Structure-guided Disruption of the Pseudopilus Tip Complex Inhibits the Type II Secretion System of Pseudomonas Aeruginosa
Pseudomonas aeruginosa, a Gram-negative bacterium, is known for its opportunistic way of infecting humans as well as other animals. Due to its pathogenicity, P. aeruginosa has been considered to be one of the top bacterial threats by the World Health Organization. It tends to infect targets with reduced immune systems and various tissues and organs, causing pneumonia, necrosis, and intestinal infection etc. P. aeruginosa, like other bacteria, has evolved different types of secretion systems to secrete a wide spectrum of virulence factors, especially various proteins and nucleotides. Bacteria use these molecular ‘weapons’ not only to adapt for surviving environments in the hosts but also to penetrate into hosts tissues to facilitate their colonization and proliferations, which further results in infections. To date, out of seven identified types of bacterial secretion systems, the Type II secretion system (T2SS) is one of the best-characterized secretion systems, known for its capability of translocating large, structured protein molecules from the periplasm though the outer membrane into the extracellular milieu. In P. aeruginosa, the T2SS is established through the synergistic combination of four structural assemblies formed by twelve Xcp proteins. These four subcomplexes, from the perspective of function, can be divided into platform, engine, channel and piston, in which the piston, called pseudopilus, is of pivotal importance in the system as its tip complex, comprised by XcpU, -V, -W and -X, recognizes and binds to various virulence factors. Aiming to better clarify the function-dependent structural features of this pseudopilus tip, we utilized X-ray protein crystallography to fully depict the architecture of the ternary complex of XcpVWX as well as to identify the core complex of XcpVW. The reconstruction of the entire tip complex was done using small-angle X-ray scattering, which exhibits an overall architecture of the pseudopilus tip and the plausible working model during the secretion. Through the elucidation of the detailed interaction interface of XcpV and -W, we developed two inhibitory peptides and four inhibitory compounds. It is confirmed that these structure-based molecules can interfere the interaction between XcpV and -W and compromise the pseudopilus tip complex. Due to the critical role of the XcpVW complex to the Type II secretion, the disruption of the XcpVW complex leads to the inhibition of the entire Type II secretion system. Using Caenorhabditis elegans as an investigation model, our research shows that the virulence of P. aeruginosa towards C. elegans has been reduced in the presence of the structure-based inhibitory molecules and that these molecules are able to alleviate the infection.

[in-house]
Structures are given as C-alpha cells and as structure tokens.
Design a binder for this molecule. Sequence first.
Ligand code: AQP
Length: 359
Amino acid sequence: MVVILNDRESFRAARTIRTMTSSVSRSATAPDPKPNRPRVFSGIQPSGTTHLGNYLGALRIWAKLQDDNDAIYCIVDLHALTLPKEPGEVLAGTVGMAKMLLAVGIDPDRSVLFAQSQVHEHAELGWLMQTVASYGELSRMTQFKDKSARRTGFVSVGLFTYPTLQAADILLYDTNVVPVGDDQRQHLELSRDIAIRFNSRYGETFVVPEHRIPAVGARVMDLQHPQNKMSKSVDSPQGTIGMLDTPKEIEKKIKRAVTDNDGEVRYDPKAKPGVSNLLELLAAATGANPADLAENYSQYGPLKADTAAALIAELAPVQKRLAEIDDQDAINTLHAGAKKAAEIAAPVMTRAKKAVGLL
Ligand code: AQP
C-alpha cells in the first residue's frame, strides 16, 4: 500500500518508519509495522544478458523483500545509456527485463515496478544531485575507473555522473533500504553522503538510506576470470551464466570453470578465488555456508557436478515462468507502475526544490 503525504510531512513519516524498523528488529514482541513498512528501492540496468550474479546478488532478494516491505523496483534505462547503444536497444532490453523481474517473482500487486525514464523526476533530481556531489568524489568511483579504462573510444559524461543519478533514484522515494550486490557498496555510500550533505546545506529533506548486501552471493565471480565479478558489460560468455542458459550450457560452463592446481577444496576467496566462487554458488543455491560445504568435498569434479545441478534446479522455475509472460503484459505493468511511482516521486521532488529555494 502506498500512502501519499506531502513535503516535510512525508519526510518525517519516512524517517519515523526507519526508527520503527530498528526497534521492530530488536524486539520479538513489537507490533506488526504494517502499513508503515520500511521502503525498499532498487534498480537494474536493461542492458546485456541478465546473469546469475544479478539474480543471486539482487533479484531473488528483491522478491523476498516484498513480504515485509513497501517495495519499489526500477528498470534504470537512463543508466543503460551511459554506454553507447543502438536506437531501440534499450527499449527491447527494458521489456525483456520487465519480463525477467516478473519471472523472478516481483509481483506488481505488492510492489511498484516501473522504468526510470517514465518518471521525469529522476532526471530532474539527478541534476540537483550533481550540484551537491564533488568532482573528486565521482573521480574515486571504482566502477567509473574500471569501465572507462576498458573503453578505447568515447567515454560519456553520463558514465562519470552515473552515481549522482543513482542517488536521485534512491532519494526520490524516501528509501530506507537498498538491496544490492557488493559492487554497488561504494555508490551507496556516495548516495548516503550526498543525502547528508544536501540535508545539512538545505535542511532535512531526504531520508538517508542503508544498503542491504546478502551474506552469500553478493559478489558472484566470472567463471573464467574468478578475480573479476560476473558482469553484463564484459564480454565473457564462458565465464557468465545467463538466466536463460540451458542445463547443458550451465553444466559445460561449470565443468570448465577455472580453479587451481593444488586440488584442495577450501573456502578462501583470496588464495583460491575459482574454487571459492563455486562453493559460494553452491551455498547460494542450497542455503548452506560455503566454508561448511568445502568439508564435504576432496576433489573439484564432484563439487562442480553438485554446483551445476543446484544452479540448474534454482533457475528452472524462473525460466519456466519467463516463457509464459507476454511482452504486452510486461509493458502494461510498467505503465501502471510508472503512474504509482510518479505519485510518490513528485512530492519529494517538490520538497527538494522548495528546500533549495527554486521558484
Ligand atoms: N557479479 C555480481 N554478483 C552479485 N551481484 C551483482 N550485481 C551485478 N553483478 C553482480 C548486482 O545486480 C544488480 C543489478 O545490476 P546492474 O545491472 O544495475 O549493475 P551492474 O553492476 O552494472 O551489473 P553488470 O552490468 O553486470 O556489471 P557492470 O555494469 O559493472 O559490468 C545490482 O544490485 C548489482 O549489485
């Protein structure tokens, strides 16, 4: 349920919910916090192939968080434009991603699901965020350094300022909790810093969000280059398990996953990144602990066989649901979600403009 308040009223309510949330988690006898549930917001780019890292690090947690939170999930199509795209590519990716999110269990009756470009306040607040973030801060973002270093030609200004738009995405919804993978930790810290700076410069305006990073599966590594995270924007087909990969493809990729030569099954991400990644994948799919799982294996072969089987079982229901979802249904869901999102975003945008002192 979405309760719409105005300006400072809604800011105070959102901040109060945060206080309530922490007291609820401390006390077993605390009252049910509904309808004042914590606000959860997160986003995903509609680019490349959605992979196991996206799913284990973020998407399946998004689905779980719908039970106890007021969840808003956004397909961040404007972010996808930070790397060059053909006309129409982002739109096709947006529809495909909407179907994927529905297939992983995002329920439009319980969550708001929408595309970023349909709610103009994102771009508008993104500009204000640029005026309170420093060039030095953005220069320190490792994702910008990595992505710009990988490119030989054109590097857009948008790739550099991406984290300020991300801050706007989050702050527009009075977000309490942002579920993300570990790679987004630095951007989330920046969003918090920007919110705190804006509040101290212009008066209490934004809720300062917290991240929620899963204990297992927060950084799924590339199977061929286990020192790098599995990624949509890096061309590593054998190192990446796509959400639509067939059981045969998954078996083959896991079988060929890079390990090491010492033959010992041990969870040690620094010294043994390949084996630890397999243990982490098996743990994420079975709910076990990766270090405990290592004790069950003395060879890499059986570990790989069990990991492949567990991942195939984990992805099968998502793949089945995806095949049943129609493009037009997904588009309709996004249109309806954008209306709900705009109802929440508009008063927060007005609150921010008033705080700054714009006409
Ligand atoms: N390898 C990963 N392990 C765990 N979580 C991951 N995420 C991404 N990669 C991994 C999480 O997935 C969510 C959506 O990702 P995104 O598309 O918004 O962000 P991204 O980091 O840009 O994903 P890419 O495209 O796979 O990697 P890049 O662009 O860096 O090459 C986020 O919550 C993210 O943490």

URI for this recordhttp://hdl.handle.net/1974/24845
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